Skill level: Intermediate
Kano analysis is based on customer wants, needs, must haves, and must-not haves. It was developed by Dr. Noriaki Kano, who called these factors “surprise and delight,” “more is better,” “must be,” and “cannot haves.”
- Provides a framework for process design or improvement
- Identifies and prioritizes the full range of customers’ needs
How to Use
- Step 1. Determine who the customer is.
- Step 2. Determine what the customer must have in the process.
- Step 3. Determine what the customer thinks the process cannot have.
- Step 4. Determine what the customer thinks are surprise and delight factors.
- Step 5. Determine what the customer thinks are more is better factors.
- Step 6. Design the process or service with the collected data in mind.
Must-be needs: Needs that the customer expects (e.g., airline safety). If must-be needs are unfulfilled, the customer is dissatisfied.
More is better: Needs that have a linear effect on customer satisfaction (e.g., faster airport
check-in). The more these needs are met, the more satisfied customers are.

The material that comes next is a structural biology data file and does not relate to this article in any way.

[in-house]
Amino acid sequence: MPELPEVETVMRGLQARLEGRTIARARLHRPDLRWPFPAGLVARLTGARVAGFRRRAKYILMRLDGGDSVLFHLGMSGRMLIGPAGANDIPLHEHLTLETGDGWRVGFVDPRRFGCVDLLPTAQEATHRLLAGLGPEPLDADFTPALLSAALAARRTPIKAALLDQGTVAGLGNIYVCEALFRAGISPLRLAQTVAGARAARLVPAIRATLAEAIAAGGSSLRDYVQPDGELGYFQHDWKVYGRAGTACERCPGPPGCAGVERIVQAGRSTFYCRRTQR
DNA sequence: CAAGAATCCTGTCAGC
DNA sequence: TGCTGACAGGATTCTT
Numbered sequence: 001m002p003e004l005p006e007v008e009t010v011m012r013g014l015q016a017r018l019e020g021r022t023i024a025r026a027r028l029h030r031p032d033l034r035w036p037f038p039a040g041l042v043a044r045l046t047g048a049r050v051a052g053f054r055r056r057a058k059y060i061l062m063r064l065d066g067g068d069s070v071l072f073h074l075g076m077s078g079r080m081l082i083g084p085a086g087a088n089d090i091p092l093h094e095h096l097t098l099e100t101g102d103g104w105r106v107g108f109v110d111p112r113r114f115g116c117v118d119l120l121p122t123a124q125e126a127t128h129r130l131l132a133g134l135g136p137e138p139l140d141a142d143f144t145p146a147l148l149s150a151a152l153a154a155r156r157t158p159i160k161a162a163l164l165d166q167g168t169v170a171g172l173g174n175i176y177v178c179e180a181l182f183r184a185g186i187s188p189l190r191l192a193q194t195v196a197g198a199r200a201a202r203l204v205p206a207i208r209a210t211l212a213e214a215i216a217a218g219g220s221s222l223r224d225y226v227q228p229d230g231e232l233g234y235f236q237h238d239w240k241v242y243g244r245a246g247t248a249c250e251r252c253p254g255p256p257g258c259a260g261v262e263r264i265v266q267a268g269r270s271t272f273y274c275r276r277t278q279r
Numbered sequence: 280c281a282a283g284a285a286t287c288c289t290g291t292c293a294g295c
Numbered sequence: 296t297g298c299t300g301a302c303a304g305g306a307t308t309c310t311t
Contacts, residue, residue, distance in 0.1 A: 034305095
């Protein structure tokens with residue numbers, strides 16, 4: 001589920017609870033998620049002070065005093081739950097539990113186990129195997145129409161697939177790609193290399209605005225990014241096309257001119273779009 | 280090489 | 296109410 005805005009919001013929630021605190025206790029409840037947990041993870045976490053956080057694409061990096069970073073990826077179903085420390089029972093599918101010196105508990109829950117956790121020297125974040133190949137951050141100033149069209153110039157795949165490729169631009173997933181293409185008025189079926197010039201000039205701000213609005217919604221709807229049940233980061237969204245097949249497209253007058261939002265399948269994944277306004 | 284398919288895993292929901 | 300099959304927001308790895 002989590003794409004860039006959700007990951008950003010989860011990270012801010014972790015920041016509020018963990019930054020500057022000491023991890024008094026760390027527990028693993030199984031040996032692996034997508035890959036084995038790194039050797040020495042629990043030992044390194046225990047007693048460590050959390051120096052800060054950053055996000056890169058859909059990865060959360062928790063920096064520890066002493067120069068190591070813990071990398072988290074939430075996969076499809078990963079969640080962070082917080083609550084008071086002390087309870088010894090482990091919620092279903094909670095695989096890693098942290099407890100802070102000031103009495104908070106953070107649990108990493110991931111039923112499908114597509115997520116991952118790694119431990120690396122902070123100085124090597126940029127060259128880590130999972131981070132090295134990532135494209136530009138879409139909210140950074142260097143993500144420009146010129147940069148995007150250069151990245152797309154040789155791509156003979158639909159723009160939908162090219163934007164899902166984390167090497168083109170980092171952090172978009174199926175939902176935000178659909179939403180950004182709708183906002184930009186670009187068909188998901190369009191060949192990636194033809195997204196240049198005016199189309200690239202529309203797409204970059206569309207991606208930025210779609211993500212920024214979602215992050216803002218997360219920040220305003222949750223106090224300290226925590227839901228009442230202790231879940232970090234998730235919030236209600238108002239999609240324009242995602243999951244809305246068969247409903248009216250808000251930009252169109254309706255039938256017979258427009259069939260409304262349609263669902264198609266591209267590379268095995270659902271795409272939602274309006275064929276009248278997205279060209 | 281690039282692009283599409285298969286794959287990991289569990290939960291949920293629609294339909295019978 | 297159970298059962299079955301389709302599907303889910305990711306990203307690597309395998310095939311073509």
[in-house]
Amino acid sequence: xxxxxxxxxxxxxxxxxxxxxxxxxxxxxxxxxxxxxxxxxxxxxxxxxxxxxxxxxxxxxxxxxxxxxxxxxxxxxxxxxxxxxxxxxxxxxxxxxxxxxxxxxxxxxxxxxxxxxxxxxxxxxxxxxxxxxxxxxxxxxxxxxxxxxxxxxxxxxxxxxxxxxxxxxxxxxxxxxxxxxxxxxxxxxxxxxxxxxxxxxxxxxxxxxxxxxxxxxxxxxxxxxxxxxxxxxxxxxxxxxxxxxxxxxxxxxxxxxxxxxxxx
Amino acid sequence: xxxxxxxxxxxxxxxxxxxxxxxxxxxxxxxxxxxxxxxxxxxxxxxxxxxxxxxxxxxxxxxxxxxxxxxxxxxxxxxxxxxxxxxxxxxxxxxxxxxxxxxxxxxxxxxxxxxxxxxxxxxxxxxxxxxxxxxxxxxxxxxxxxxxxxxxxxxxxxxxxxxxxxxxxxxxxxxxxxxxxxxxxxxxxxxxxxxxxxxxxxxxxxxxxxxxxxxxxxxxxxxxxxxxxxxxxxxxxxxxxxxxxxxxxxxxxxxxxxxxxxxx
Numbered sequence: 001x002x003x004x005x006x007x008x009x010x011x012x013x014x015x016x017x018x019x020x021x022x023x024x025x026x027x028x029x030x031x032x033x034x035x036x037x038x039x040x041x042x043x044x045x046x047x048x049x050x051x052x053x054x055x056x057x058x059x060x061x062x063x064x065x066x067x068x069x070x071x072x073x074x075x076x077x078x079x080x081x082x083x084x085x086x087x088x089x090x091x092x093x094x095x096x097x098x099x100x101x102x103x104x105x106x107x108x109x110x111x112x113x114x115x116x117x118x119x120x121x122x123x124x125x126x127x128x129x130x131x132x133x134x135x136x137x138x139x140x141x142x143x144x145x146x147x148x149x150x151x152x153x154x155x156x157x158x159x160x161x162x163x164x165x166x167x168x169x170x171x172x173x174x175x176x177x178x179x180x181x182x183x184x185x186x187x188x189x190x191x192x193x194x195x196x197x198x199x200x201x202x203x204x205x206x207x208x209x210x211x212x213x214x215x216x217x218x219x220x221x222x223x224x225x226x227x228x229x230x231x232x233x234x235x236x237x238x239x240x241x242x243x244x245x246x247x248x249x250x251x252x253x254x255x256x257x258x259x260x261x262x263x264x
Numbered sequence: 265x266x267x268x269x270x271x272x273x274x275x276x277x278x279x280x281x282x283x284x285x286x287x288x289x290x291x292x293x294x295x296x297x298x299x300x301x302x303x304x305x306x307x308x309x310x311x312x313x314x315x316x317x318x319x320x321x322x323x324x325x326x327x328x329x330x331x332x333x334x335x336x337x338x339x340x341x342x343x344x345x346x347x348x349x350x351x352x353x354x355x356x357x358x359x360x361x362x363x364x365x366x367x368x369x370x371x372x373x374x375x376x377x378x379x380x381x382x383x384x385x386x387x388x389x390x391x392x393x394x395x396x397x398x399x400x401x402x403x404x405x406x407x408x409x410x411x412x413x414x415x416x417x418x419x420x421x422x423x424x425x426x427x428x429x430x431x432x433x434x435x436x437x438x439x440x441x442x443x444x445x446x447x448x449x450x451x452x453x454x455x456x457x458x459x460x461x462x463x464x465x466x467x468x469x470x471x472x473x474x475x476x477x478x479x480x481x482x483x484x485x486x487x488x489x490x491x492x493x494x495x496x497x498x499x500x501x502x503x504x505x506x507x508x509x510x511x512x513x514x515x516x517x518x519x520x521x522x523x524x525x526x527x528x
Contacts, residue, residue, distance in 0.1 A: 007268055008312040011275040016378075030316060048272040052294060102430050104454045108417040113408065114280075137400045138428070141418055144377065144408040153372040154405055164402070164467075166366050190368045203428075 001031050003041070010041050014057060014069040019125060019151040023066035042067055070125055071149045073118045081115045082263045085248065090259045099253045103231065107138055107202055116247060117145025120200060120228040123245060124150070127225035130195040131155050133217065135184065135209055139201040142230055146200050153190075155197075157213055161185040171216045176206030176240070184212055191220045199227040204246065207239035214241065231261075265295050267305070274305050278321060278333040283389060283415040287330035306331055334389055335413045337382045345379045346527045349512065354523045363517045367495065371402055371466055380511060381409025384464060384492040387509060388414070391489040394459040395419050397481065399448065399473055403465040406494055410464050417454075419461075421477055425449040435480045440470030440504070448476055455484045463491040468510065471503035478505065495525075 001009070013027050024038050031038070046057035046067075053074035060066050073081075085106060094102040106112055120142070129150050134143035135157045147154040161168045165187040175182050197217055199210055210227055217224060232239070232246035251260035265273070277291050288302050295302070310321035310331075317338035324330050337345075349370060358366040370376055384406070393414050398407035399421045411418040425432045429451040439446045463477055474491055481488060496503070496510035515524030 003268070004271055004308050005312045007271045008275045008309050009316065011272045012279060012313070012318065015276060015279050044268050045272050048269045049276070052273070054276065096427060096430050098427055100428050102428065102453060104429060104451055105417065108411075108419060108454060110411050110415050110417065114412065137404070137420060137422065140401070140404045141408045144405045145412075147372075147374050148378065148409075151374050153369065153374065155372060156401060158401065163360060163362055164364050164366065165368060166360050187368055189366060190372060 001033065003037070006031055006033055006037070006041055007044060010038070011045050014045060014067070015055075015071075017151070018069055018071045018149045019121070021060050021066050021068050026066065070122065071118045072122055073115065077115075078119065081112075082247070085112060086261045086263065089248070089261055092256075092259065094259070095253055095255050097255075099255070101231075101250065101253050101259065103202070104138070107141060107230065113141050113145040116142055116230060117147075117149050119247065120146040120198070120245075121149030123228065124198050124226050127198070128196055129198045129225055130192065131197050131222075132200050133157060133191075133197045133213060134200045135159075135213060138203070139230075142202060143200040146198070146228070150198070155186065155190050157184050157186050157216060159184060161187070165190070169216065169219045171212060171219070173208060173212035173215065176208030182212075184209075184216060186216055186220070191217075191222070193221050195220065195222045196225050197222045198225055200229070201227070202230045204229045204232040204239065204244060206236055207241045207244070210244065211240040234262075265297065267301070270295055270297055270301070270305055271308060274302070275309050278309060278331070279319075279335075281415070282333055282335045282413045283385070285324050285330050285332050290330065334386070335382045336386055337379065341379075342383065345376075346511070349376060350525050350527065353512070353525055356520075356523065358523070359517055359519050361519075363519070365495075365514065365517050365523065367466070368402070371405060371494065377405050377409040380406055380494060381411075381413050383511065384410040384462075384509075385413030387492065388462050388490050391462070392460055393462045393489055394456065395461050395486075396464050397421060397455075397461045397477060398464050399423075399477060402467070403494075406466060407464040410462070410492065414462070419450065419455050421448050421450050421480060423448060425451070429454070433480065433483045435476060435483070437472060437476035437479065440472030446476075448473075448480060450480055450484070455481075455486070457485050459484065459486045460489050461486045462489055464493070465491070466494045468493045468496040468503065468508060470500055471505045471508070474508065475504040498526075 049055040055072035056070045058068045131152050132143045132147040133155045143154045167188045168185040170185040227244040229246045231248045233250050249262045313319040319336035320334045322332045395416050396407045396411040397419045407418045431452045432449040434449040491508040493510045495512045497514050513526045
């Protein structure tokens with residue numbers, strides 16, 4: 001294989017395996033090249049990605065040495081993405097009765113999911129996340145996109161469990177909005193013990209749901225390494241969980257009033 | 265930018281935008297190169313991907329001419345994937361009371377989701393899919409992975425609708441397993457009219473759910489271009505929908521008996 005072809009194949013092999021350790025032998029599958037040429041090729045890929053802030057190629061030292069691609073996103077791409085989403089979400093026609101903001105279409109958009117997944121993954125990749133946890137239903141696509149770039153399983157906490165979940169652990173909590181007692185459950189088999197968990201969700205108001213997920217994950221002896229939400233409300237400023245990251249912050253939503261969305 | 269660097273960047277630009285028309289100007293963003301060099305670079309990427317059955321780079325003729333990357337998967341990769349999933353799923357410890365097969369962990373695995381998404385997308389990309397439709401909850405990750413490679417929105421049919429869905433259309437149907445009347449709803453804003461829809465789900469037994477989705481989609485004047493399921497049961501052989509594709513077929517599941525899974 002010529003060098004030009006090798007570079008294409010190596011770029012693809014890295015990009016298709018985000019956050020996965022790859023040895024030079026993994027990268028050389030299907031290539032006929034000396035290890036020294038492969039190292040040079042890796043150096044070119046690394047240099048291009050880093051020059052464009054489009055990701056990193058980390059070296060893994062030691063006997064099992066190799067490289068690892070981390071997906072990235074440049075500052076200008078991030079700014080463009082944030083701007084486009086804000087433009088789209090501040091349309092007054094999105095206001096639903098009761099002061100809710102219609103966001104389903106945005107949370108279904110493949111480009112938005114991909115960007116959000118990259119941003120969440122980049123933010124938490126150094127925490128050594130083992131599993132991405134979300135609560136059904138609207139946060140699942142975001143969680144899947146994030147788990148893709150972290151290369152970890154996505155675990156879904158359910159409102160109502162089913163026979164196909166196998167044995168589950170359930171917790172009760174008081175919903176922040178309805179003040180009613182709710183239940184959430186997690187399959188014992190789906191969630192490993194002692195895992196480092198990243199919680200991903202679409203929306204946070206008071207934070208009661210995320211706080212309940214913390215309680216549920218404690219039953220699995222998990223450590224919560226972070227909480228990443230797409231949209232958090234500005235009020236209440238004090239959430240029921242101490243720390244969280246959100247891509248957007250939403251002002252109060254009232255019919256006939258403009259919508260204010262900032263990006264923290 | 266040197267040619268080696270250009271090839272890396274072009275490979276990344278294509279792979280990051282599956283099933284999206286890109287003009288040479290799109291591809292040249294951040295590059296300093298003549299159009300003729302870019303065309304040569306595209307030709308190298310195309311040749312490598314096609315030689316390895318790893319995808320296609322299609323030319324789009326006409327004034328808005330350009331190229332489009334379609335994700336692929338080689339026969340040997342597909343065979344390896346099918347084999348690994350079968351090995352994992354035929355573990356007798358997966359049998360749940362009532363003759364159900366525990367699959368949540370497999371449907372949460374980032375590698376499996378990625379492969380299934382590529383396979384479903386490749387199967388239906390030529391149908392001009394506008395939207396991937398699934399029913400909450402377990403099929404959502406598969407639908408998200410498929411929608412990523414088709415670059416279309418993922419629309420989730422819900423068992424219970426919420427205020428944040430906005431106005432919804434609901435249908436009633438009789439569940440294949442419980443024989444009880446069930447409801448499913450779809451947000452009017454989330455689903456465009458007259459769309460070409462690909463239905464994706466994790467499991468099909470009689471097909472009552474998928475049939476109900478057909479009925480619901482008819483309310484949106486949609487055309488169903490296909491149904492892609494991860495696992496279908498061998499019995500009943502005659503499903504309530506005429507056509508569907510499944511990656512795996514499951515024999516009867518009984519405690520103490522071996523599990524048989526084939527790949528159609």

Surprise and delight: Needs that do not cause dissatisfaction when not present, but that satisfy the customer when they are present (serving hot chocolate chip cookies during an airline flight).
Cannot haves: What the customer will not allow to be in the service (i.e., rudeness).
A process improvement team seeks to change the dining room for a restaurant. The team conducts a survey of current customers, collecting demographic data and asking what the customers like and don’t like about the current dining room, what they would like to see, and what would keep them away.
All of the data are tabulated and the dining room is designed to ensure that it includes every must have and no cannot haves. Once that is complete, the team works to add in as many needs as possible, followed by as many wants as possible.